Korean oil spill threatens marine farms



Mon, 11 Sep 2017 - 02:55 GMT


Mon, 11 Sep 2017 - 02:55 GMT

Marine Farms - CC

Marine Farms - CC

taean, South Korea – 11 September 2017:A scenic west coast region hit by South Korea's worst ever oil spill will be eligible for millions of dollars in disaster aid, a minister said on Monday.

Park Myung-Jae, the minister of government administration and home affairs vowed immediate aid of 5.9 billion won (R42.8 million) and said more state funds would be forthcoming soon.

But newspapers criticised what they called a slow response to the disaster, saying no lessons had been learned since the previous incident.

"Precious time was lost in preparing seaside communities for the impending ecological disaster," a Korea Herald editorial said.

"Equipment to contain the oil spill was not distributed promptly, leaving villagers helpless as they watched the oil move ashore."

The JoongAng Ilbo said it suspects "authorities tackled the accident in a loafing and idle manner."

As almost 9 000 people struggled to clean up the huge slick, officials said the spill could deal a heavy blow to tourism and oyster and abalone farms in the area.

Cho Kyu-Sung, a Taean county official, told AFP that the slick had hit 160 marine farms so far and was still spreading, with a total of 445 farms in the coastal area under threat.

"At this stage, it's difficult to estimate the direct and indirect damage. The damage will be enormous if you include long-term environmental expenses," he added.

Park said the area would be declared a disaster zone during a visit to the fouled beaches, where soldiers, police, volunteers and residents worked with shovels and buckets to try to clear the oil.

The designation makes four townships in Taean county eligible for subsidies and compensation.

About 10 500 tons of crude oil leaked into the Yellow Sea when a drifting barge smashed into an oil tanker on Friday.

Some 140 ships and five planes were helping, but the Coast Guard said the slick has already hit 50 kilometres of coastline. More was expected to come ashore.

"Most of the crude oil left on the water will likely float onto the Mallipo or Cheollipo beaches as the northwest wind is expected to blow for two to three more days," an official at the maritime affairs and fisheries ministry told Yonhap news agency.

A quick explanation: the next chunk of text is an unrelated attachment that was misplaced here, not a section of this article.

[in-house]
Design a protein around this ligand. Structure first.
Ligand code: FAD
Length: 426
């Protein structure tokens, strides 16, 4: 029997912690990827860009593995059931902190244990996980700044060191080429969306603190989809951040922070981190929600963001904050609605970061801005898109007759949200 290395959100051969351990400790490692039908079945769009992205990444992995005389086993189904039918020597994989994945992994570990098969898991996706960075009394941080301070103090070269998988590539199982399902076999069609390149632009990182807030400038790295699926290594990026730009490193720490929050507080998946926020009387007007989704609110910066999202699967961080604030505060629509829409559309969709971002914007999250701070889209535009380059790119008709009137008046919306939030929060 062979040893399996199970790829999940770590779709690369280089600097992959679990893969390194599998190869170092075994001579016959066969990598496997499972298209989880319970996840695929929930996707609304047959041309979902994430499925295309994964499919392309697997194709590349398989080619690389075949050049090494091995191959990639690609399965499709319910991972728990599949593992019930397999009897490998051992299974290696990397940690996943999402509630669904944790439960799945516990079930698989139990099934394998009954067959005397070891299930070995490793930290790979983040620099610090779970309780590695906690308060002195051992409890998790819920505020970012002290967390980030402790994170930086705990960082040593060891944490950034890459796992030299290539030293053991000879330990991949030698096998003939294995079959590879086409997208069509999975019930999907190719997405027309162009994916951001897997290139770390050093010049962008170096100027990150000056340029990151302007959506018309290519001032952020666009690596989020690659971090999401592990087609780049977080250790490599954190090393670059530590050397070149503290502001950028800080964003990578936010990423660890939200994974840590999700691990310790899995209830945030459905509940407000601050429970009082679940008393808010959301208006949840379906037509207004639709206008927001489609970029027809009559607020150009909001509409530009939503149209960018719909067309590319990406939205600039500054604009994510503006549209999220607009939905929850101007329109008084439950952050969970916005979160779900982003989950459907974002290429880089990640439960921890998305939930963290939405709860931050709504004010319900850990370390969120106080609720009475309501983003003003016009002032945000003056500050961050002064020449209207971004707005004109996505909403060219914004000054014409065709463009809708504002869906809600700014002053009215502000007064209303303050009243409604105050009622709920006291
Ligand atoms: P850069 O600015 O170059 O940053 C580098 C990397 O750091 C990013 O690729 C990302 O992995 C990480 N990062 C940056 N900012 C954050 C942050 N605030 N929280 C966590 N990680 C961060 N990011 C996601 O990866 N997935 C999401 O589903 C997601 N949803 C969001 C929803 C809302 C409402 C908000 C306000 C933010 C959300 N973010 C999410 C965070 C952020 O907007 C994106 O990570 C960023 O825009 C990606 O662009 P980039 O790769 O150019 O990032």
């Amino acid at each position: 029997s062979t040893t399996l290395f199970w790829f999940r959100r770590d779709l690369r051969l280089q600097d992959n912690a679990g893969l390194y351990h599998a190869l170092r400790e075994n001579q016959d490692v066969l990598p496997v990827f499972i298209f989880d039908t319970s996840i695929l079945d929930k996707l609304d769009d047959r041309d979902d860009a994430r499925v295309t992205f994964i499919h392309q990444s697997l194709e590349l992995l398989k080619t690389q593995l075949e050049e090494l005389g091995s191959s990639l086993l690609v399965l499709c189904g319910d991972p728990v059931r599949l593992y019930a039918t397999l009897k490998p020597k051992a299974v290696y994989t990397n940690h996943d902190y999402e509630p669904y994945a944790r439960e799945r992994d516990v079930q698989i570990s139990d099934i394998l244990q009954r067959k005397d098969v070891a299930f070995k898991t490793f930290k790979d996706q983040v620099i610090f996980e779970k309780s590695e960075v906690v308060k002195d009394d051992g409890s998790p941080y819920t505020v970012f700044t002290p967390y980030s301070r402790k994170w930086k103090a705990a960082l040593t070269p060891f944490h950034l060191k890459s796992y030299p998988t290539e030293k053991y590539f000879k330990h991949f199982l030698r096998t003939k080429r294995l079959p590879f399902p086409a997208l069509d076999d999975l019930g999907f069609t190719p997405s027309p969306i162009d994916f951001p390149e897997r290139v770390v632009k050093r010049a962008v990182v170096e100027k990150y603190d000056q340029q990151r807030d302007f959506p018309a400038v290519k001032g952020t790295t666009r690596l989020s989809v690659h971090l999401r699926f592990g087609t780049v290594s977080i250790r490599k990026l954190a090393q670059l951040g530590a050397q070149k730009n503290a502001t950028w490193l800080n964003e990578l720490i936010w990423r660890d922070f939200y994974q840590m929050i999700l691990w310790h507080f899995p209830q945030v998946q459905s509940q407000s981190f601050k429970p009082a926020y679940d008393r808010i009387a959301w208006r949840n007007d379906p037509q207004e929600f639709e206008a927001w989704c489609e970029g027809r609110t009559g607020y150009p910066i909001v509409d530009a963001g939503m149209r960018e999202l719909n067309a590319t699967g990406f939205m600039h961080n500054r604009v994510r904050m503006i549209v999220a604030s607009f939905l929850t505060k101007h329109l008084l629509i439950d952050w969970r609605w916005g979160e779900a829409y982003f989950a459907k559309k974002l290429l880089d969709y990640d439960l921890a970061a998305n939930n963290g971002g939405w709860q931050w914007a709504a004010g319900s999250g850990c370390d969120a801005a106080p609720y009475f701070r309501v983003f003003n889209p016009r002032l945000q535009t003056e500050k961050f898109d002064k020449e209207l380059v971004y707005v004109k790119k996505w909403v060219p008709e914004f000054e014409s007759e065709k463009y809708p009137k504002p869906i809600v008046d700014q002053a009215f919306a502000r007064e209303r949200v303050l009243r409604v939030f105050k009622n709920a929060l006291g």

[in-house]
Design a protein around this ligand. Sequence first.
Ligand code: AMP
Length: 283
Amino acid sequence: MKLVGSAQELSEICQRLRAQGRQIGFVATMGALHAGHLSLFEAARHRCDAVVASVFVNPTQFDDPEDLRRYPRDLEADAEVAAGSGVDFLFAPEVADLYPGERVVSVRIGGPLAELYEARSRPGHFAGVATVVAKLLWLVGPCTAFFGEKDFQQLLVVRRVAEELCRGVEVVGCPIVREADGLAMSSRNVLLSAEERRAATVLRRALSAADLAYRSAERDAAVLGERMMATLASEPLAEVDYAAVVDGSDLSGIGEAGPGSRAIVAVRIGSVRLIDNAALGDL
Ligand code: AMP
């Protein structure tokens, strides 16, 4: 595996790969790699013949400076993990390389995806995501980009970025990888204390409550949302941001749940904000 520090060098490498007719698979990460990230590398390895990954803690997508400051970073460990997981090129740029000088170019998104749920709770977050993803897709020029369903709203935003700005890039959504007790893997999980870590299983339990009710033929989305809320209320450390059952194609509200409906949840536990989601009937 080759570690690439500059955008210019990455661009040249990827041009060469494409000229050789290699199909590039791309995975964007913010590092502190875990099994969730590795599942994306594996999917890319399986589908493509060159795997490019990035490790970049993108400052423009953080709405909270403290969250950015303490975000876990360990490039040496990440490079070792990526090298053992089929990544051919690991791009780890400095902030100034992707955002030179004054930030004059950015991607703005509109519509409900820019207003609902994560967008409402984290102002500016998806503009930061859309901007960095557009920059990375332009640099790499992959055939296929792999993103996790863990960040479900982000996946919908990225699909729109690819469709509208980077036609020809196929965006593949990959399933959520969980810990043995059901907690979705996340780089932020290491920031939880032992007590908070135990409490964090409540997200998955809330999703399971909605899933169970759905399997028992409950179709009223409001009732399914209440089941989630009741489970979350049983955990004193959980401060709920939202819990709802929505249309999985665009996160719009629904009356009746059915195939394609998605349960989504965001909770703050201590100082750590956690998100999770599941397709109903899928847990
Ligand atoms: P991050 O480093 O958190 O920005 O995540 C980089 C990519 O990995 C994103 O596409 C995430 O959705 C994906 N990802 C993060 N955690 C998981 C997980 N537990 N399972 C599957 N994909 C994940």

The slick has already reached the mouth of Garorimman Bay, the country's largest fish farming area, Yonhap said.

The barge, carrying a construction crane, slammed into the 147 000-ton Hong Kong-registered Hebei Spirit tanker after its cable to a tug snapped in rough seas 90 kilometres southwest of Seoul.

Newspapers and maritime officials reported difficulties contacting the tug captain to warn him of the imminent danger.

The Korea Times said the maritime officials tried twice to alert the crew that the barge was too close to the tanker, but could not make radio contact.

A maritime official in Taean told AFP on condition of anonymity that they had been forced to send a text message to the tug captain's mobile phone.

The crane punctured three of the five oil containers on the tanker, which was anchored eight kilometres off the coast, and the leak was only completely stopped early Sunday.

The oil spill is about twice the size of South Korea's previous worst such case in 1995.

Maritime Minister Kang Moo-Hyun said Sunday he estimated the clean-up would take "at least two months" given the size of the slick.

He told reporters there was serious contamination along 17 to 20 kilometres of coastline, with the oil sludge either glued onto beaches or sinking to the seabed.

On the beaches, police, troops and volunteers carried buckets of sludge to huge rubber pools from which they scooped black oily sand into sacks.

This stretch of coastline is one of Asia's largest wetland areas, providing important habitat for migrating birds. - AFP



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